Back in 1996, Bill Gates wrote an essay about his vision for the future of the internet. His position was that content was going to be where real money was made on the internet. I won’t go into the details of his essay, but at the time it was a groundbreaking stance.
It took quite some time, but marketers came to adopt the credo, “Content is King.” We (marketers, I include myself) realized that to be successful on the internet you must have high-quality, free content that draws people. This content must be easily accessed, downloaded, shared…and it must position you as a credible source or a thought leader. This content is the icebreaker that builds rapport and trust with your customer, and then opens the opportunity for a relationship or a purchase. Consistently providing this high-quality free content has been our challenge, and the reason some companies fail and others succeed.
But 15 years later, I think it is time for us to re-envision our approach to marketing on the internet. Content used to be king. It is extremely valuable, and is the cornerstone of that customer relationship, but with the droves of people now constantly connected to the internet on their computers, phones, iPads, whatever…the amount of noise on the internet is now deafening.
In Two Days We Create as Much Information as We Did From the Dawn of Man Up Until 2003
In August 2010, Google CEO Eric Schmidt stated that every two days we create as much information as we did from the dawn of civilization up until 2003. Imagine that for a second. From a marketing perspective, your campaign, your blog post, your tweet competes with the same amount of information as was produced from the dawn of man through 2003 in just 2 days. Talk about a competitive landscape. You really have to have some groundbreaking or incredible info to really make a mark.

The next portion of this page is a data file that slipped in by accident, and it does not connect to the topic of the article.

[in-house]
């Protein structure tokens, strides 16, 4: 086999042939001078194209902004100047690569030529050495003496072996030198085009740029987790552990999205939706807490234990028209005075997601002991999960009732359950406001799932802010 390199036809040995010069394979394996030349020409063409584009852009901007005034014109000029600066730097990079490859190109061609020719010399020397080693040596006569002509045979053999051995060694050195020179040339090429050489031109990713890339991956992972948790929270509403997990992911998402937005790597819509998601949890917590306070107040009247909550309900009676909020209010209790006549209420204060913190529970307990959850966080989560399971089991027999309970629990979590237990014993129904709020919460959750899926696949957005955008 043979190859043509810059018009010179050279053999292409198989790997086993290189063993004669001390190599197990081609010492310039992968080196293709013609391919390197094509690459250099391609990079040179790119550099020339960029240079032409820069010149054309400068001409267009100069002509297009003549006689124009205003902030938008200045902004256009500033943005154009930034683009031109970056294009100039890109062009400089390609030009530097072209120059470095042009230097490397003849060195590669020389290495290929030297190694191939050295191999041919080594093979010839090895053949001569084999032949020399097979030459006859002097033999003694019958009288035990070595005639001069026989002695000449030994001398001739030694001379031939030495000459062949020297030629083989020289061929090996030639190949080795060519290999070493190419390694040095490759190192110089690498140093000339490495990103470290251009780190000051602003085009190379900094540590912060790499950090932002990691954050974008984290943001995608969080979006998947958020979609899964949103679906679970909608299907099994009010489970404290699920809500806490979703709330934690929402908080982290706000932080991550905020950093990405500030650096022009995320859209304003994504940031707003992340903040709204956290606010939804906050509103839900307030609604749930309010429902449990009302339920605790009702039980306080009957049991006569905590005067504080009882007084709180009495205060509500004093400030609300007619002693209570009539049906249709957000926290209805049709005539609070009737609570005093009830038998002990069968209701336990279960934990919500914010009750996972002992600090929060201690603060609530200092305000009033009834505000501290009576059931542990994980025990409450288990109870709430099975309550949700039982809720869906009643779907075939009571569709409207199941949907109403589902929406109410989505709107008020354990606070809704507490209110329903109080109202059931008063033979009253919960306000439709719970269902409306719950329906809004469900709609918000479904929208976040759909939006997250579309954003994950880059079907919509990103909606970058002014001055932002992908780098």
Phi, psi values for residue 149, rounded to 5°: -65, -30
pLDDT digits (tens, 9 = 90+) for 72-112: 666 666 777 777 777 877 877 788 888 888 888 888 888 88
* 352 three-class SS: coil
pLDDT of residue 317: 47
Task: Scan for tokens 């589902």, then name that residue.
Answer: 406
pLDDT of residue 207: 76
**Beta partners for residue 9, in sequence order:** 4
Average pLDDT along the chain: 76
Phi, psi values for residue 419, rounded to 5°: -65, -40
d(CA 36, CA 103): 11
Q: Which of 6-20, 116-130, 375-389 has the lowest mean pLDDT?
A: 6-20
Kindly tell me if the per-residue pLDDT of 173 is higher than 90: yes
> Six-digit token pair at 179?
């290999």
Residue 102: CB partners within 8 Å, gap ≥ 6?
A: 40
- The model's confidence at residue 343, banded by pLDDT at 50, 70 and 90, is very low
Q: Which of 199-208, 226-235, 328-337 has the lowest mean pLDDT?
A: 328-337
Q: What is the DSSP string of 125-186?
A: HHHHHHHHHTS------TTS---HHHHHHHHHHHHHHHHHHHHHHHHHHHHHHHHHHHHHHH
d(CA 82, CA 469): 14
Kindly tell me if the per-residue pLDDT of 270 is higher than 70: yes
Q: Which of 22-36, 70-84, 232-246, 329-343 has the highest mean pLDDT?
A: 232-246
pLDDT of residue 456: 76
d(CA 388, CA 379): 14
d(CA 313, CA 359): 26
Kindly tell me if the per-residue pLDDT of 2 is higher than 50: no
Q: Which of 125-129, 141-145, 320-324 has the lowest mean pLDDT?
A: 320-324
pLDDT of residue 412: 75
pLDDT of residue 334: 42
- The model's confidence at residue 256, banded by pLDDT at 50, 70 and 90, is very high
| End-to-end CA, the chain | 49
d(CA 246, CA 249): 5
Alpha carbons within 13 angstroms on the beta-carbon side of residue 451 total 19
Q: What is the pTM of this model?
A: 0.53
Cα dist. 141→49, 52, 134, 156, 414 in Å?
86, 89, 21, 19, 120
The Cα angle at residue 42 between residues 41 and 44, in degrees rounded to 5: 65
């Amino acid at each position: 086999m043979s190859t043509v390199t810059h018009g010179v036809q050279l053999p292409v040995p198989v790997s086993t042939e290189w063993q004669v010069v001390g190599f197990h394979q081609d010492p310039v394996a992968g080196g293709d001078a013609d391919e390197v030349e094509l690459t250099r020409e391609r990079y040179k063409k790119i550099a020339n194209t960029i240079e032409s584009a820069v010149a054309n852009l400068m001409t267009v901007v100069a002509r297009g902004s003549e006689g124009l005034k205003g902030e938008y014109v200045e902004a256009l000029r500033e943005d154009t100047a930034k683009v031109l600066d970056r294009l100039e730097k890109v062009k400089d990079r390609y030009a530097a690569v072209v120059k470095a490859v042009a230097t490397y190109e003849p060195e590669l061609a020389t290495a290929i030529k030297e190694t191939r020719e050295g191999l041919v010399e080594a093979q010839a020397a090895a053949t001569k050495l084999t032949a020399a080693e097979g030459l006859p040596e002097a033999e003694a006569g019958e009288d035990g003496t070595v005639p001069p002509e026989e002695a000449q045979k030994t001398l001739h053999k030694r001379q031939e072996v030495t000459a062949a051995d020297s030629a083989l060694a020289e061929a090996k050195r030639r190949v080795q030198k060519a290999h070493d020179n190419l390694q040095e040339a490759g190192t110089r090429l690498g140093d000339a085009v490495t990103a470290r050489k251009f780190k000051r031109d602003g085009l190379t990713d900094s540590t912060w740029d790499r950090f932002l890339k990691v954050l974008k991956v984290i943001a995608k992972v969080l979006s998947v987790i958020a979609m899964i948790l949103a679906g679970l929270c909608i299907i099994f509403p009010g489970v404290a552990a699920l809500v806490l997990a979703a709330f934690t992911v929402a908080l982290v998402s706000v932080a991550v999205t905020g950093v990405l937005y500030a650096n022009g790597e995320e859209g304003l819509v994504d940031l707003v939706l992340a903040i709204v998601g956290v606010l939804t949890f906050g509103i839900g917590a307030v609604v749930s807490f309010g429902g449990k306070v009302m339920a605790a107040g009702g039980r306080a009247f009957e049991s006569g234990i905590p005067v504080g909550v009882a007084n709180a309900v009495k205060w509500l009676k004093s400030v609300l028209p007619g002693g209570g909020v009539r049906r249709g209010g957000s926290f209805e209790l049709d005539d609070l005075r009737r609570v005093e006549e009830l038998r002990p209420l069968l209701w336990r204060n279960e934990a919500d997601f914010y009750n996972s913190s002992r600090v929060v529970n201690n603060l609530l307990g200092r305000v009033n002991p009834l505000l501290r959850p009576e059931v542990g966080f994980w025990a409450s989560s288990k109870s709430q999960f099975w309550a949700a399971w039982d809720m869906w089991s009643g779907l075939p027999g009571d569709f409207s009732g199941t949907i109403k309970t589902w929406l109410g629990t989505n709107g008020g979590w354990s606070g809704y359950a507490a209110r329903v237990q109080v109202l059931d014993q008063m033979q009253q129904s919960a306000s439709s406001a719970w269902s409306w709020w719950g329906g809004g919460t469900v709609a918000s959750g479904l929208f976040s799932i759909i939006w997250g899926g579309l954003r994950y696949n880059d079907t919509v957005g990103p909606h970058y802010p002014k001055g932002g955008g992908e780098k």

But that is looking at things in aggregate. Today’s internet usage sees several hundred million Google searches performed each day, and 770 billion Facebook page views each day, so it’s imperative that we target our audience and target specific messages to these people.
The Keyword is the New King!
With people producing around five exabytes of data every two days, we can no longer put out a great piece of content and expect to see a flood of traffic to our site that leads to sales/leads/revenue. We can not simply click the publish button and expect for it to be seen. There is just too much content produced and too much noise to compete with. We have to make sure we are found.
It is the keyword that helps us fight through this avalanche of content. Everything we do as marketers should ultimately start at the keyword level. Whether you are writing copy, producing a video, sending a tweet, optimizing your website for search, or targeting a pay-per-click campaign, the keyword is the foundation.
Everything Begins With a Search & Every Search Starts With Desire
Almost every action on the internet begins with a search. You start off with a search engine query, filter the results (both organic and paid), and then take action from there. That initial search results from some desire. You need directions to the closest sushi place or maybe you want to know Abraham Lincoln’s birthday. But no matter how superficial or meaningful your desire, that search query is made up of keywords. They have become the fundamental element of all of our marketing channels. When we think of our customer’s pain-point, we are in fact looking at keywords. We think about what they would search or what words would will get their attention in a headline or 140 character message.
When you boil everything down, it all comes back to the keyword. Even the best content runs the risk of not being seen. It is the keyword that will become king with content in a supporting role. Good content will keep people on the page, and hopefully coming back for more, but in the end it was the keyword that got them to that page and to your site. If you can’t be found, then your work (your content) will go unnoticed.